Corporate social responsibility (CSR) is attracting the attention and interest of the corporate world. With the mandate of CSR spending rising to 2% of profits from April 1, 2014, the space is witnessing multi-stakeholder conversations. The rules, which will bring almost 15,000 new corporates for the first time to this fold, will provide an enabling environment, a participatory approach and will bring CSR from the back room to the board room.
Despite increasing awareness and the law slowly permeating into the system, there is much confusion over the understanding of the subject.
Here are some of the misconceptions surrounding CSR, refraining business leaders from integrating CSR into the business processes:
- CSR and philanthropy are synonymous
While philanthropy is an act of donation or a good cause to a charity or an NGO,CSR is directly linked to the overall business goals of an organisationaddressing social, economic and environmental factors. It demands continuous engagement with stakeholders, mapping issues that can be addressed to mitigate risks in future. Unlike philanthropy, which is low on accountability, CSR insists upon sustainable development, strong accountability and measurable outcomes. Outcomes that give a competitive edge through shared value creation.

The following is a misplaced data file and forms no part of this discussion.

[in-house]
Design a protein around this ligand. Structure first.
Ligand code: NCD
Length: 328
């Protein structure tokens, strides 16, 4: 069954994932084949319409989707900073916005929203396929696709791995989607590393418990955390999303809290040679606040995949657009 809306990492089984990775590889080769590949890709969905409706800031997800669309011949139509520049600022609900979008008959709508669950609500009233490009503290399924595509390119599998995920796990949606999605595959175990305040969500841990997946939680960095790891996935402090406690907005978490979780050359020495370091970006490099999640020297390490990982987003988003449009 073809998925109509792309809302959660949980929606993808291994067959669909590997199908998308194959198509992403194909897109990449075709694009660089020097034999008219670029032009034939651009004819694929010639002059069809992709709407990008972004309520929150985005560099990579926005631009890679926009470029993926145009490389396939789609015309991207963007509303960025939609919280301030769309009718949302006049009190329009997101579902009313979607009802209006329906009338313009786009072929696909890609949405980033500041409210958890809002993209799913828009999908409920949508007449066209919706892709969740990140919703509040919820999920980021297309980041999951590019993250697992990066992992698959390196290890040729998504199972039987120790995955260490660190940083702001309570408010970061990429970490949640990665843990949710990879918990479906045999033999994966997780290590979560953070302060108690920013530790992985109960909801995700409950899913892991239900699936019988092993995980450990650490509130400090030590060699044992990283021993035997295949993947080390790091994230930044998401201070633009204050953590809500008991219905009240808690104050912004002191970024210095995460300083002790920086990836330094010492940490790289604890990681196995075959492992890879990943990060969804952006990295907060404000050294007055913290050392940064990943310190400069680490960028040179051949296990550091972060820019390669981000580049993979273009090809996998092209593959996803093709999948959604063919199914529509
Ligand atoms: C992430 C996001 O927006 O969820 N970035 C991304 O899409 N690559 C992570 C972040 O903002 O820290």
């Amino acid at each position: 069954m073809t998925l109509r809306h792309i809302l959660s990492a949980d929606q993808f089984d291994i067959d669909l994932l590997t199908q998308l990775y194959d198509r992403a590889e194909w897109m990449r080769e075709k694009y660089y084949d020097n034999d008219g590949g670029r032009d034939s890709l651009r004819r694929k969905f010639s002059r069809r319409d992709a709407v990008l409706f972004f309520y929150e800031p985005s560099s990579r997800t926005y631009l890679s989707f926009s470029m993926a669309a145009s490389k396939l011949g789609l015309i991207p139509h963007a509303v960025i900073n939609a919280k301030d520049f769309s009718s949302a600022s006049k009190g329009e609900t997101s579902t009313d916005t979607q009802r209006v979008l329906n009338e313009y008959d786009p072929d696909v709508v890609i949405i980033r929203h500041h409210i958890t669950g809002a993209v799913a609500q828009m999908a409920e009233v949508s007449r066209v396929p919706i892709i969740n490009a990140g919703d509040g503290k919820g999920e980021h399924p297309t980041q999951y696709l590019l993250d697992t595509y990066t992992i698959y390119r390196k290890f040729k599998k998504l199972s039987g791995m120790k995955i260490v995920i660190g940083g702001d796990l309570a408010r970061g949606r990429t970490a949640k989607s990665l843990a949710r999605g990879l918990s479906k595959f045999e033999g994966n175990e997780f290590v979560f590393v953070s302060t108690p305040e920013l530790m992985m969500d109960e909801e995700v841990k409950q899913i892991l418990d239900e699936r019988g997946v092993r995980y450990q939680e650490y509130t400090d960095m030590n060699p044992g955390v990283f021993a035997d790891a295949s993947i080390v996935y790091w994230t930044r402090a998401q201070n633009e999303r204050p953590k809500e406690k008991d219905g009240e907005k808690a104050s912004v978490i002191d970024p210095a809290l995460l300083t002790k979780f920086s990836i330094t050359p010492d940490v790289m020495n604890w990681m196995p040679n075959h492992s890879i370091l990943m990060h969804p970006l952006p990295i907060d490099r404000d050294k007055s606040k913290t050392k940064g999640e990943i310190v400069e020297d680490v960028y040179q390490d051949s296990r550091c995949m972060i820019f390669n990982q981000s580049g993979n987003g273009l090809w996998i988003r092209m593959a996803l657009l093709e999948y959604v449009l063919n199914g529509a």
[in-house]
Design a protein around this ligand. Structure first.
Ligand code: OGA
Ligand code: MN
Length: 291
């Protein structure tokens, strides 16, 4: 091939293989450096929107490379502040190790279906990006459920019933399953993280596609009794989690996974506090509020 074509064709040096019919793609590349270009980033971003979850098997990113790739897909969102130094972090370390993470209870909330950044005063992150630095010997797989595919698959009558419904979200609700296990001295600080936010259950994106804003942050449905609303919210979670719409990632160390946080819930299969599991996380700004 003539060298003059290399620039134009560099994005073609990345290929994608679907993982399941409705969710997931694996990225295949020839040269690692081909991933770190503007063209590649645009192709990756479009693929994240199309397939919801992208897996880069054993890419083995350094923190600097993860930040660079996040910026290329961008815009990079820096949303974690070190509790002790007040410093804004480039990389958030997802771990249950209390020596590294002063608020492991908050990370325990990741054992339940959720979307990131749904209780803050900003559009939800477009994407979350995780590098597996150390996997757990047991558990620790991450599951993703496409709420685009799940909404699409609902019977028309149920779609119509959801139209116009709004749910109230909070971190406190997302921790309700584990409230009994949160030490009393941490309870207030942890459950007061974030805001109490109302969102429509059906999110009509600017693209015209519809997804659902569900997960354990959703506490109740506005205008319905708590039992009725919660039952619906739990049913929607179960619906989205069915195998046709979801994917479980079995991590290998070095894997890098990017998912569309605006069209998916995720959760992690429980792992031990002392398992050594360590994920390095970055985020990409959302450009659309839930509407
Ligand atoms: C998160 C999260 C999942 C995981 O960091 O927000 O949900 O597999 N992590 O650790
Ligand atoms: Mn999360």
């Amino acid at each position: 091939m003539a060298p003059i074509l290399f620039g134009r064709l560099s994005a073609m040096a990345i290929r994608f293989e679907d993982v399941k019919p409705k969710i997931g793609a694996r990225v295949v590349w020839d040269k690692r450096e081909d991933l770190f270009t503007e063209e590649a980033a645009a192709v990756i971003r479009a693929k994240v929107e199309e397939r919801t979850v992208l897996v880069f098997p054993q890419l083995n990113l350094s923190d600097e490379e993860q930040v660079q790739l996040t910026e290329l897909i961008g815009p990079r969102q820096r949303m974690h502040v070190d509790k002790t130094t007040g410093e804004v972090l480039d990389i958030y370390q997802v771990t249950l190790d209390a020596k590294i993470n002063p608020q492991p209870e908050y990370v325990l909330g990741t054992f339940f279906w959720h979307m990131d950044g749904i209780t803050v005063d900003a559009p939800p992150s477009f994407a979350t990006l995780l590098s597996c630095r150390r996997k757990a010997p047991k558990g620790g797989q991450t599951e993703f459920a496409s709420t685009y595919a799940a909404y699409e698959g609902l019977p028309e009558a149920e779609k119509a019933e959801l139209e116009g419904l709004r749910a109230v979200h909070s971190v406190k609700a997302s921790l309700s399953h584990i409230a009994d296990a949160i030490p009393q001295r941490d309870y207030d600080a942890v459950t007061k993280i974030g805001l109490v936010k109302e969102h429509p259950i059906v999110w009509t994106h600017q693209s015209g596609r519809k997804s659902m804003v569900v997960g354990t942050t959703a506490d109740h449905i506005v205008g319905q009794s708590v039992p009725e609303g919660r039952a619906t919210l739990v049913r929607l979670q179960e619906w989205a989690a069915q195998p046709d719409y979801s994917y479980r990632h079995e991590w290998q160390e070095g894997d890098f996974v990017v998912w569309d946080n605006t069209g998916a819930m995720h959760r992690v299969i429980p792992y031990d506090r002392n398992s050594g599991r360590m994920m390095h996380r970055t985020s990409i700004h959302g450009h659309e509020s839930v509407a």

- It is a strategy to avoid problems caused by unscrupulous corporate behaviours
CSR is a strategy to identify development solutions to social, economic and environmental challenges. It is definitely not the mechanism or tool to avoid problems caused by unethical corporate behaviour. An organisation building hospitals in its area of operation cannot neglect the health and safety of its employees. Similarly,a company may launch a cohesive climate change programme, but it cannot be called responsible if does not t express sensitivity to ethical disposal of industrial waste.
- The impact of CSR is not measurable
The ultimate objective of a CSR initiative is no different from business objectives and it can be measured on the following parameters:
– Enhanced brand reputation
– Increasing customer base and greater customer loyalty
– Risk management
– Workforce management leading to higher employee retention, work-life balance, employee satisfaction, re-skilling and up-skilling
– Strengthened investor relations and access to more capital
– Innovative product and better product life cycle
– Operational efficiency: Saving energy and operating costs
Better understanding and ideation around CSR can take a corporate to new levels. Linking one’s CSR agenda to business goals by leveraging the core competence of the company will ensure sustainability and wider acceptance.
(The author is Account Director, CSR and Healthcare at Avian Media)